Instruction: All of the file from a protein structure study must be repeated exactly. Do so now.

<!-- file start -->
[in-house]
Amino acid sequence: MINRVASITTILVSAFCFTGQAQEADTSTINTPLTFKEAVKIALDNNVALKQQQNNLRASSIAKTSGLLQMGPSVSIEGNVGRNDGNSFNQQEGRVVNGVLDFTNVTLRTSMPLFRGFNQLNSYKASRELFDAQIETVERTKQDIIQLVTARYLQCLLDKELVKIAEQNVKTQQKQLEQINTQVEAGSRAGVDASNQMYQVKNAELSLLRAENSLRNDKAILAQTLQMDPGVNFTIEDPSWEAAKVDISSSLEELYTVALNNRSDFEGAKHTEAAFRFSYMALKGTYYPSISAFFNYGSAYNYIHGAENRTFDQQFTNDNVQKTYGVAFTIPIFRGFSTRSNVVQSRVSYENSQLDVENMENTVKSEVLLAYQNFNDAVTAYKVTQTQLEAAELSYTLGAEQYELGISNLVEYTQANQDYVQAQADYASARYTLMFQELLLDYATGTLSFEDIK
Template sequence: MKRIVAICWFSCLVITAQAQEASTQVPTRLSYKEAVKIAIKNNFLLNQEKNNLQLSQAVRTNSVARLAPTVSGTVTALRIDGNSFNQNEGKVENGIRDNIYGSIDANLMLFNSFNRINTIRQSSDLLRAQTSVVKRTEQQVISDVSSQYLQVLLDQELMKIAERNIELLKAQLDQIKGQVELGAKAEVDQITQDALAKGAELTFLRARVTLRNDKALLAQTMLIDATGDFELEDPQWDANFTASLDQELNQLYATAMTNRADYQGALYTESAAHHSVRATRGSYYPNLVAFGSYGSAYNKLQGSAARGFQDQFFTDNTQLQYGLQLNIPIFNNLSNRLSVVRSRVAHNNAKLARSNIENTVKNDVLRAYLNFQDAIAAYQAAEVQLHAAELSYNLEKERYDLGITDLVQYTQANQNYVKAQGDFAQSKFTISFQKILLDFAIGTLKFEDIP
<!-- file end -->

[in-house]
Amino acid sequence: MINRVASITTILVSAFCFTGQAQEADTSTINTPLTFKEAVKIALDNNVALKQQQNNLRASSIAKTSGLLQMGPSVSIEGNVGRNDGNSFNQQEGRVVNGVLDFTNVTLRTSMPLFRGFNQLNSYKASRELFDAQIETVERTKQDIIQLVTARYLQCLLDKELVKIAEQNVKTQQKQLEQINTQVEAGSRAGVDASNQMYQVKNAELSLLRAENSLRNDKAILAQTLQMDPGVNFTIEDPSWEAAKVDISSSLEELYTVALNNRSDFEGAKHTEAAFRFSYMALKGTYYPSISAFFNYGSAYNYIHGAENRTFDQQFTNDNVQKTYGVAFTIPIFRGFSTRSNVVQSRVSYENSQLDVENMENTVKSEVLLAYQNFNDAVTAYKVTQTQLEAAELSYTLGAEQYELGISNLVEYTQANQDYVQAQADYASARYTLMFQELLLDYATGTLSFEDIK
Template sequence: MKRIVAICWFSCLVITAQAQEASTQVPTRLSYKEAVKIAIKNNFLLNQEKNNLQLSQAVRTNSVARLAPTVSGTVTALRIDGNSFNQNEGKVENGIRDNIYGSIDANLMLFNSFNRINTIRQSSDLLRAQTSVVKRTEQQVISDVSSQYLQVLLDQELMKIAERNIELLKAQLDQIKGQVELGAKAEVDQITQDALAKGAELTFLRARVTLRNDKALLAQTMLIDATGDFELEDPQWDANFTASLDQELNQLYATAMTNRADYQGALYTESAAHHSVRATRGSYYPNLVAFGSYGSAYNKLQGSAARGFQDQFFTDNTQLQYGLQLNIPIFNNLSNRLSVVRSRVAHNNAKLARSNIENTVKNDVLRAYLNFQDAIAAYQAAEVQLHAAELSYNLEKERYDLGITDLVQYTQANQNYVKAQGDFAQSKFTISFQKILLDFAIGTLKFEDIP